by The 1994-1995 Physics Class, Tombstone High School, Tombstone, Arizona
This project was begun on August 23, 1994, when Mr. Wood informed his physics class of the contest that ASU is holding.
The class unanimously voted to enter the contest, and plans for construction were immediately begun. The class then decided to build both a display model of the Delta II and an actual working model. The display model was to be constructed from household materials as the contest rules dictated. The working model would be built from materials ordered from the Estes Model Rocket Company.
Our first step we took was to scale and design a model made from paper. This gave us an idea of the size of the rocket and gave us a chance to work with its dimensions. A paper model of the satellite was also constructed.
Once the paper model was finished, we moved on toward building the actual display model. We divided the class into several groups. The gantry crew included David Wilson, Tia Sharp, Joey Stephany, Brandan Barrios, and Erin Marshall. Gordon Molina and Karl Wendt were the wood shop crew. The booster rocket crew consisted of Crystal Clark, Lily Mohler, Nolana Nerhan, Amy Goodnough, and Peter Bidegain. Mike Witte, Jeremy Giles, and Crystal Clark were on the fairing crew. The model rocket crew included John Torre, Tia Sharp, Susan Langley, Josh St. Germain, and Nolana Nerhan.
The gantry crew set to work constructing the gantry. They made the gantry by first drawing it on large sheets of paper, and then cutting and pinning strips of pine on top of the drawings. These pieces were then glued together and removed from the paper, painted, and the gantry was finished.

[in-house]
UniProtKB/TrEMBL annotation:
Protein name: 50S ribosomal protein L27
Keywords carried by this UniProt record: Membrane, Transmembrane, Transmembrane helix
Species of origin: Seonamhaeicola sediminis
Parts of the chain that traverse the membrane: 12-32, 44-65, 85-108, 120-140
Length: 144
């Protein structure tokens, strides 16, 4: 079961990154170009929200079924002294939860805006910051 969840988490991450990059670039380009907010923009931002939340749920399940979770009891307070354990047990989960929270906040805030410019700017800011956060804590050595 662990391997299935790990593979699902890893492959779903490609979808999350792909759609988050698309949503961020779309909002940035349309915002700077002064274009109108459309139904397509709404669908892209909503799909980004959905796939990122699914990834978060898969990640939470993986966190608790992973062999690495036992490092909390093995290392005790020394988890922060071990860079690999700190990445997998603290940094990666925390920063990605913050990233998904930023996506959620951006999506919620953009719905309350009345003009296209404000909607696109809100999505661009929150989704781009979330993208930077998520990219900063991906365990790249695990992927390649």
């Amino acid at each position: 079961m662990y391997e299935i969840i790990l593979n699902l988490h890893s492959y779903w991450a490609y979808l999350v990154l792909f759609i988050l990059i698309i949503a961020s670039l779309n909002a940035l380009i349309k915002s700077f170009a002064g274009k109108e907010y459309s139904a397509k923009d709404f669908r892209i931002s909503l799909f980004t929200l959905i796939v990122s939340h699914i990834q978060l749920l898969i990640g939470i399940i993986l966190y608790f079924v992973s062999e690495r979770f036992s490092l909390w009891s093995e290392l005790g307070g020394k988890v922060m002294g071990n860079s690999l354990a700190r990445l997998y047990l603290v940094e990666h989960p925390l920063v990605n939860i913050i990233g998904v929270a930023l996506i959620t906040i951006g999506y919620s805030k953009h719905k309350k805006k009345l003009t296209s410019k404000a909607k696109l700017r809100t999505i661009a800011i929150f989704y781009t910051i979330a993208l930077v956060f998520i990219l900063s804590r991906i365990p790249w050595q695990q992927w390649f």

Crystal Clark designed the templates for both the booster rockets and the model rocket, and gave the design to the wood shop crew to make. The templates were made from plywood. Once they were made, the booster rocket crew glued the templates together with strips of pine, and sanded the finished cylinder skeletons.
Lily Mohler cut out styrofoam circles and glued them together, and then she and Crystal Clark sanded them down to make the booster nosecones and gimbles. The nosecones were then spray painted and the gimbles were covered with Monokote(TM).
The booster rocket crew melted Monokote onto the booster cylinders with an iron and a blow dryer, which shrunk the Monokote onto the pine strips.
The model rocket was completed in the same way by the model rocket crew. The fairing crew made the fairings and the nosecones in the same way.
The insides of the model rocket were constructed from postage mailing tubes, Monokote, and styrofoam. All of the crews worked together to finish the insides, while the wood shop crew made a display stand from wood.
Our class greatly appreciated the opportunity to work in engineering relating to space exploration. Usually only university students have these opportunities, and the knowledge we have gained from the experience is valuable.
Photos by Brett McClellan, 1 December 1994.